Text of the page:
Aggghhh, the empty paper, every artist's bane! What to draw, what to draw? "Just make a mark and see where it takes you," Vashti's teacher advises. When the dot gets kudos in class, Vashti ups her own antie and makes quite a splash at the art show. When another student asks her advice, Vashti knows just what to say. Simple lines of pen and ink, and simple lines of text, but don't be fooled. This unassuming little book is really a splendid tribute to the daring of art, and how much chutzpah it takes for any artist to make his or her mark. An inspiring must-have for any school with an arts program, and a double-must-have for any child who attends a school without one! (6 and up)
Check out more great books for aspiring young authors and illustrators at http://planetesme.com/creative.html! I especially like TALKING WITH ARTISTS series edited by Pat Cummings and Aliki's HOW A BOOK IS MADE, pages of which I just showed on an overhead to the whole second and third grade. Good, solid, informative stuff!

On a personal note:
THE KIDLITOSPHERE CONFERENCE
This past weekend was the awesome booklover blowout, the First hopefully Annual Kidlitosphere conference which by some very happy accident ended up being held in Rosemont, Illinois, right outside of my-kind-of-town, Chicago-is! Initiated by Robin Brande (author of the funny and brave teen fiction EVOLUTION, ME AND OTHER FREAKS OF NATURE), it was supposed to be a dinner party for a few on-line friends but blossomed into a pow-wow of over 60 cyberspace superstars to determine the best ways to disseminate information, to hone the fine art of book-sharing, and to put real friendly faces together with cyberspace personas. Sessions about the business side of blogging, promotion, the many reasons authors blog, how to hone our on-line voices and the ethics of writing reviews were just a few of the many hot topics shared in tight, rapid-fire sessions done largely in a round-table forum that allowed for so much participation. A few highlights for me:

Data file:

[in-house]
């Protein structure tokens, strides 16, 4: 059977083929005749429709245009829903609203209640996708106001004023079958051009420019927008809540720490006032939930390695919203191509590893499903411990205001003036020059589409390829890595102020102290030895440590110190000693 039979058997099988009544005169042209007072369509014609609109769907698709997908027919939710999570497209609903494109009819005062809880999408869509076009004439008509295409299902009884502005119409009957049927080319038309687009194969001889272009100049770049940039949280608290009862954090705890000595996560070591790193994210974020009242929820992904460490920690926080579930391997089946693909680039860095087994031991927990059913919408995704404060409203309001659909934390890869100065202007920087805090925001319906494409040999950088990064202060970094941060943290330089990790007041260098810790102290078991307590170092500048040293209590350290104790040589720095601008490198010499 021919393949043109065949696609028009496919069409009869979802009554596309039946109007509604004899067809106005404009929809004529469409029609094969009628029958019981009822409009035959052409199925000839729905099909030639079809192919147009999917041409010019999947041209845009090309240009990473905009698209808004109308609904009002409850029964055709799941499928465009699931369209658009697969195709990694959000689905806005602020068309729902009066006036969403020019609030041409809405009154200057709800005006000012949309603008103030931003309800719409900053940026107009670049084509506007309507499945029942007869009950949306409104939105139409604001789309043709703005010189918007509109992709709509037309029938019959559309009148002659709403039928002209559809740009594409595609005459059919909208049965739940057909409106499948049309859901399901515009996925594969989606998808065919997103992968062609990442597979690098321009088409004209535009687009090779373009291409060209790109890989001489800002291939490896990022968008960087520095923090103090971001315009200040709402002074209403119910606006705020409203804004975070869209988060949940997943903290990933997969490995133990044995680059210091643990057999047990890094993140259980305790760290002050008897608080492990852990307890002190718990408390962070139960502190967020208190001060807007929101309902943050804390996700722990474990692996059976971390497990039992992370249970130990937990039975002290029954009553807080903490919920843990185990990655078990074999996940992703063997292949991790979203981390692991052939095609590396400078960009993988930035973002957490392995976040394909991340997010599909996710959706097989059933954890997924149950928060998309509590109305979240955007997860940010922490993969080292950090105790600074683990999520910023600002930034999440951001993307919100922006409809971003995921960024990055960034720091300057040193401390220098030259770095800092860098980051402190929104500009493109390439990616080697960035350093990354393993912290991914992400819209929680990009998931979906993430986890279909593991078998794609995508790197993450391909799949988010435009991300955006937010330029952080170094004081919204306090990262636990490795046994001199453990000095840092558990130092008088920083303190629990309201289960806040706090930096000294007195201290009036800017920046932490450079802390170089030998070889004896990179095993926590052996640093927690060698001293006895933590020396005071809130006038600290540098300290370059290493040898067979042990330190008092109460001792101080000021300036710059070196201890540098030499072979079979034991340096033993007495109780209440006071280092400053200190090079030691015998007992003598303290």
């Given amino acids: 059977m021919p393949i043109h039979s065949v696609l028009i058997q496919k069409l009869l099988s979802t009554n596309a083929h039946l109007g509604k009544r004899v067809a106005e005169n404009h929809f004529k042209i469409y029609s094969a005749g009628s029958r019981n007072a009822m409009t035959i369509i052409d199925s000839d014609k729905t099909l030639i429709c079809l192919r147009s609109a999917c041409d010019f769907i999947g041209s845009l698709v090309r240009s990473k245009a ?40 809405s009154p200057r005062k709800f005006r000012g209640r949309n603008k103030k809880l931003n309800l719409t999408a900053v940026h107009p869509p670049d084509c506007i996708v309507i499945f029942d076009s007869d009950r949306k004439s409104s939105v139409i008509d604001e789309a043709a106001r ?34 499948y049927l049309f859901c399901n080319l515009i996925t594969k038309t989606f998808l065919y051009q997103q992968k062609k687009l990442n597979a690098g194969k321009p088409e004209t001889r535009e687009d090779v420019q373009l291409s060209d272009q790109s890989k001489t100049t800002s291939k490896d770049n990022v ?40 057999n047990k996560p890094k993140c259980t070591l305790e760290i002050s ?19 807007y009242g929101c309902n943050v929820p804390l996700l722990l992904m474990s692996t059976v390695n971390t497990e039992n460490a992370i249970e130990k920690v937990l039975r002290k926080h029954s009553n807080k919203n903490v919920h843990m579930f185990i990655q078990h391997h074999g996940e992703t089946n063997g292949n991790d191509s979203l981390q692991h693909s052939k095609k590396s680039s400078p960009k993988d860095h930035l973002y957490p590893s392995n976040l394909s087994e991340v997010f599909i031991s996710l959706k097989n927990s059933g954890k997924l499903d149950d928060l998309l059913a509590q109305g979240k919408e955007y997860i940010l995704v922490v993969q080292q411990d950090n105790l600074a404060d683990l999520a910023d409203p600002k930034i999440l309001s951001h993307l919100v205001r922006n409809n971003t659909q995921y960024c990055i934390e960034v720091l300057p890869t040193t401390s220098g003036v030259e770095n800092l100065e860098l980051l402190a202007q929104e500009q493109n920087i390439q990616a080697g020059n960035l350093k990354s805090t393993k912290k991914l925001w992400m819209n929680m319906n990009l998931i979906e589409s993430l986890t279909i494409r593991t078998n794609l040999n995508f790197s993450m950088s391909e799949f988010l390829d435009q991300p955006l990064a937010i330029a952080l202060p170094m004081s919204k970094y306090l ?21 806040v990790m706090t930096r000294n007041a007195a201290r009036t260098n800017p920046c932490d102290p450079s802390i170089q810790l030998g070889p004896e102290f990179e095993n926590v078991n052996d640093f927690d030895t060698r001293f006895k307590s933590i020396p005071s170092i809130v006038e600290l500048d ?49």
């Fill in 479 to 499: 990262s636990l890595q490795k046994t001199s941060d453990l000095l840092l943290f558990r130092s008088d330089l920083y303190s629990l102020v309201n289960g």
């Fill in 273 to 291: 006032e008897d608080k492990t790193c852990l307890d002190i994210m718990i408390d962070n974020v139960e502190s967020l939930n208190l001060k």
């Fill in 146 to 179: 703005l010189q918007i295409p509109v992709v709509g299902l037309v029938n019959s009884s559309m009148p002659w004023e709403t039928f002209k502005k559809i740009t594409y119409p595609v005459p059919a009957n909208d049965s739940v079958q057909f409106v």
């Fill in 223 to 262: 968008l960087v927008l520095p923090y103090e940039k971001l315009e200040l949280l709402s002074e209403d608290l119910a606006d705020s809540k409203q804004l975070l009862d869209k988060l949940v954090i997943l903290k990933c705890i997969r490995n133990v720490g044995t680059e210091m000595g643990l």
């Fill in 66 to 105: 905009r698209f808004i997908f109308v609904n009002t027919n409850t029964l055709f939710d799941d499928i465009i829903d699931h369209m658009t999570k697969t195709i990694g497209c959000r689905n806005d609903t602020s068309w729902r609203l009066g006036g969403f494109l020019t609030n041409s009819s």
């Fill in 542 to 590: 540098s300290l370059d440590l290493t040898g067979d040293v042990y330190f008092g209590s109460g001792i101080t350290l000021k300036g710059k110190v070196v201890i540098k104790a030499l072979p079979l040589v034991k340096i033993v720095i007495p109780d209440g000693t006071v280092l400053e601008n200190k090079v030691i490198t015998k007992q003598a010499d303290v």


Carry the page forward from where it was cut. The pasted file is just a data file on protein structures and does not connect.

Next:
- Podcasting 101, led by the very knowledgable Mark Blevis. He also compiled an amazing photo album of the conference, with a slide show that allows me to keep enjoying the day that I wished would never end, and through which you can attend the conference vicariously. My favorite part of his presentation, though, was learning that I could subscribe to his children's literature podcast...and so can you!
- The author signing at the end of Saturday, in which attendees each got a limited edition linoleum block print poster done by my husband Jim Pollock. The poster featured John "Appleseed" Chapman who planted a seed every day and changed the landscape of our nation. Reading aloud every day and sharing a book every day can change the landscape of our nation, too! Woo-hoo! Attendees then visited with over 20 local and national authors who signed the poster and talked about their books, and shared some of them as juicy door prizes, ooooo, including a great surprisr gift bag from Three Silly Chicks that included a chicken gun (!) and a copy of Andrea Beaty's latest picture book, IGGY PECK, ARCHITECT. I was excited to learn about Micol Ostow's work in progress, THE GITTLEMAN STAR, a hilarious graphic novel for intermediate readers that will knock your socks off! It was also a thrill to meet P.J. Haarsma, author of THE SOFTWIRE: VIRUS ON ORBUS I who I have long admired; hey, it's plenty hard to find a good science-fiction pick for kids 9-12 and this one does the trick! I was crazy psyched that illustrator Matthew Cordell (THE MOON IS LA LUNA: SILLY RHYMES IN ENGLISH AND SPANISH) and Julie Halpern, author of the young adult novel GET WELL SOON made it, because their books are so brand-spanking new and their talent is so sparkling, it made me feel very cutting-edge that they were there...I also loved Julie's frowny-face cookies to match her book cover. And goody, I scored a copy of Sara Lewis Holmes' LETTERS FROM RAPUNZEL, a book of fairy-tale correspondence that I can't wait to climb into my tower and read. It was also so great so to see so many of my Illinois SCBWI brethren, including ; we do have the most amazing chapter, just check out our newsletter, The Prairie Wind, and see for yourself. Special thanks to Ruth Spiro for her list of Illinois authors with upcoming books which was so helpful in organizing this event.